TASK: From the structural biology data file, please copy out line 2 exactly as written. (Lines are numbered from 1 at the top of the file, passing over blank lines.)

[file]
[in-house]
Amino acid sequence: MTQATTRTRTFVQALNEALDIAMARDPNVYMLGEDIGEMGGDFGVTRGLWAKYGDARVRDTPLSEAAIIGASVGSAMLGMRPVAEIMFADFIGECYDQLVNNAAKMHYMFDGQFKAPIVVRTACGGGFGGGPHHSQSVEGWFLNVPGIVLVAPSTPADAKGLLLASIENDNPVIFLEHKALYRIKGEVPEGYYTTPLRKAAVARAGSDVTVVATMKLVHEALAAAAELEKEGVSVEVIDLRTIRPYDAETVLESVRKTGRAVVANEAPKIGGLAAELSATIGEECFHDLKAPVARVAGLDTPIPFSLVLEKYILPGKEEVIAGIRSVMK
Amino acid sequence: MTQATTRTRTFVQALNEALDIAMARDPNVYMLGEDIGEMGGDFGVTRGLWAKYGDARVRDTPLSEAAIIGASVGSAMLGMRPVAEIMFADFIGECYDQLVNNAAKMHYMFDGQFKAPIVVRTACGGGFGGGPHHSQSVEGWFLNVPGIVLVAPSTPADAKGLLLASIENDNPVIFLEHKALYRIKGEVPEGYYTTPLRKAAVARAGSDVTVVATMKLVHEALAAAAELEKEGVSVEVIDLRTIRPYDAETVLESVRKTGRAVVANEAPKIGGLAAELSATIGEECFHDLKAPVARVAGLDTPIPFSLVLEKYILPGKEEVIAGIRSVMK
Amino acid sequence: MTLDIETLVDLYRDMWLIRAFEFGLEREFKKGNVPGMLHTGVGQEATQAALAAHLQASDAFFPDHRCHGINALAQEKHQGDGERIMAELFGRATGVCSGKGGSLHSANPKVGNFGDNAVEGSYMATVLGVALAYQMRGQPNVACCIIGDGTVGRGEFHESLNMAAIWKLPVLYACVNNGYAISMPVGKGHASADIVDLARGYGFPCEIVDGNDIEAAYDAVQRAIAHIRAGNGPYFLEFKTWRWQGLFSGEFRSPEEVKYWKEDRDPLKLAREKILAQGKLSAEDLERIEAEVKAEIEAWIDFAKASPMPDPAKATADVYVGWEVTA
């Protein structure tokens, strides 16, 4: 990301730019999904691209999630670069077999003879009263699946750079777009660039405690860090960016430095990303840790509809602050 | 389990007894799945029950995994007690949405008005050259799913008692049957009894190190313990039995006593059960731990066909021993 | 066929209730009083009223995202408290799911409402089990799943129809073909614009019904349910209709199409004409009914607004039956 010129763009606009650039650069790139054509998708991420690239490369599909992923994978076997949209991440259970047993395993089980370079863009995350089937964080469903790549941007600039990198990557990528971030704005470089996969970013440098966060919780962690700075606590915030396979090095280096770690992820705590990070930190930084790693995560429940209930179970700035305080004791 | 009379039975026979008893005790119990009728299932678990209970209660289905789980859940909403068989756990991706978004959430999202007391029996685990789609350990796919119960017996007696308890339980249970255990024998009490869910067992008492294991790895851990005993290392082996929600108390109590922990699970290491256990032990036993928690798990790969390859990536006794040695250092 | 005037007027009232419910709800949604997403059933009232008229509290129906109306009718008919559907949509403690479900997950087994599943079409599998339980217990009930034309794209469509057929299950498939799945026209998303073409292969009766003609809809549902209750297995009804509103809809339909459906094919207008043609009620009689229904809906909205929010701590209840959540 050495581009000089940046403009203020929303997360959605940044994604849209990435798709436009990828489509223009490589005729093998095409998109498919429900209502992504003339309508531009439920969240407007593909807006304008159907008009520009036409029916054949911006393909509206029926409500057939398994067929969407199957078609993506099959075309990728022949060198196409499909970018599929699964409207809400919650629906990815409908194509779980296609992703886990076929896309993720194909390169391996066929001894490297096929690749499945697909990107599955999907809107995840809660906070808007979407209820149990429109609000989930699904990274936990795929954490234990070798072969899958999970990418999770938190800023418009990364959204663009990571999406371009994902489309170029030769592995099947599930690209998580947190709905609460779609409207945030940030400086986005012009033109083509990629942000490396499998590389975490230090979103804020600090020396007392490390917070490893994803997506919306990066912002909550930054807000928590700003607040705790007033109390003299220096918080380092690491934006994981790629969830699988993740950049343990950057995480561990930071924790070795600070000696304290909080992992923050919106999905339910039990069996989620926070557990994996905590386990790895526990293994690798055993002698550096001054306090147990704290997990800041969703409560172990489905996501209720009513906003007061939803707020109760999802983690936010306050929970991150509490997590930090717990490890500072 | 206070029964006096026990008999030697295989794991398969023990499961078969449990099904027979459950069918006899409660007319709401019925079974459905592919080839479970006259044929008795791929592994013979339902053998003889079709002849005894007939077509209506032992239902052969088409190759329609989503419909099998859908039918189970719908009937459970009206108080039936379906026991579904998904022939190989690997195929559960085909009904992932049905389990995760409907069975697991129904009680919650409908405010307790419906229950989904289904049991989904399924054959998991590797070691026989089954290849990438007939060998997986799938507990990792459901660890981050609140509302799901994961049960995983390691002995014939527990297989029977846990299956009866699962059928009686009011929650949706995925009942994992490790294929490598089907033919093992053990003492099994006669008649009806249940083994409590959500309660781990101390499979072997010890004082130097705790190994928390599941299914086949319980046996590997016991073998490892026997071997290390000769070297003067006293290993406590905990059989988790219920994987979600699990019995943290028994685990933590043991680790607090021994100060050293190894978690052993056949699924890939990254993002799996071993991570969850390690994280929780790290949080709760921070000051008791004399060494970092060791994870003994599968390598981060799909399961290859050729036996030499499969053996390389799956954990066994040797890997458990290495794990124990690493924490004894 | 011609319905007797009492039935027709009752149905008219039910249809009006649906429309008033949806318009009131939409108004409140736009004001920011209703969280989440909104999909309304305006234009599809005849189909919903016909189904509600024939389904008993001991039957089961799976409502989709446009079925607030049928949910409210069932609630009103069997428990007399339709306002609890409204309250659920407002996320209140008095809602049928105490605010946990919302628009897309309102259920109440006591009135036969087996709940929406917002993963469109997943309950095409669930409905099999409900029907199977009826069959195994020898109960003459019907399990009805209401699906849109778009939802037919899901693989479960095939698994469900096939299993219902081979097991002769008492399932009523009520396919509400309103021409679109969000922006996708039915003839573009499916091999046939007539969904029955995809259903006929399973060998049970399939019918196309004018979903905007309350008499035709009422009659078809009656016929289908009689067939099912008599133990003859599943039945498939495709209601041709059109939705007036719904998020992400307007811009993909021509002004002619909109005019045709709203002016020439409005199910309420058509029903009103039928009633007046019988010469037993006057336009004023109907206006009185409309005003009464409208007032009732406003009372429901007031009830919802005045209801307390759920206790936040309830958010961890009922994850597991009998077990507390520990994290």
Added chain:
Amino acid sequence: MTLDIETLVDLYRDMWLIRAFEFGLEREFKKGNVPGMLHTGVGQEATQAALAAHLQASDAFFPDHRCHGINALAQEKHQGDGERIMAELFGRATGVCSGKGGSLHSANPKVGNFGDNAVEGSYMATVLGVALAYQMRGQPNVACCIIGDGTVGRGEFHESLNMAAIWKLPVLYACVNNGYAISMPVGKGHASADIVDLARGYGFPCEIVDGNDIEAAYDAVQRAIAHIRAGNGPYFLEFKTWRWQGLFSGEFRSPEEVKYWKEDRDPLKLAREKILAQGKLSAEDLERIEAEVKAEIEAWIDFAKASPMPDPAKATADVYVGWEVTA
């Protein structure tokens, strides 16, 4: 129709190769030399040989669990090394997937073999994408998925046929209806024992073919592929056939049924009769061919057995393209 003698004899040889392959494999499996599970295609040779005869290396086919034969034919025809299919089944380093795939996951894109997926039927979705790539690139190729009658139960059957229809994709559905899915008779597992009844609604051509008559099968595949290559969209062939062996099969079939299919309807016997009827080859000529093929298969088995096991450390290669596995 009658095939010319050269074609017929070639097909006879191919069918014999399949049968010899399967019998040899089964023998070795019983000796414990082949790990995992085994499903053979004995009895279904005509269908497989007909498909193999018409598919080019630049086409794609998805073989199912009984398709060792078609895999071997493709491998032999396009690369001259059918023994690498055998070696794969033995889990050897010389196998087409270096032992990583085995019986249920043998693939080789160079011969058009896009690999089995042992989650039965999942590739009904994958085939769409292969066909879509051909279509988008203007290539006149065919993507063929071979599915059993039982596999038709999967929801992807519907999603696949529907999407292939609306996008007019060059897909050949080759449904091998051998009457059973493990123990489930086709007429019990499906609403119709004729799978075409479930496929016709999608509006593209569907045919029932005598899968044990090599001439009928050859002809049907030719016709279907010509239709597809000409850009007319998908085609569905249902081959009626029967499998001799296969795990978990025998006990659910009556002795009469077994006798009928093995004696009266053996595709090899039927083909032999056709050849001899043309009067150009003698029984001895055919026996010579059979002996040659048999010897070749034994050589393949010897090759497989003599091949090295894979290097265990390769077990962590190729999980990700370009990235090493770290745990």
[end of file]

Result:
Amino acid sequence: MTQATTRTRTFVQALNEALDIAMARDPNVYMLGEDIGEMGGDFGVTRGLWAKYGDARVRDTPLSEAAIIGASVGSAMLGMRPVAEIMFADFIGECYDQLVNNAAKMHYMFDGQFKAPIVVRTACGGGFGGGPHHSQSVEGWFLNVPGIVLVAPSTPADAKGLLLASIENDNPVIFLEHKALYRIKGEVPEGYYTTPLRKAAVARAGSDVTVVATMKLVHEALAAAAELEKEGVSVEVIDLRTIRPYDAETVLESVRKTGRAVVANEAPKIGGLAAELSATIGEECFHDLKAPVARVAGLDTPIPFSLVLEKYILPGKEEVIAGIRSVMK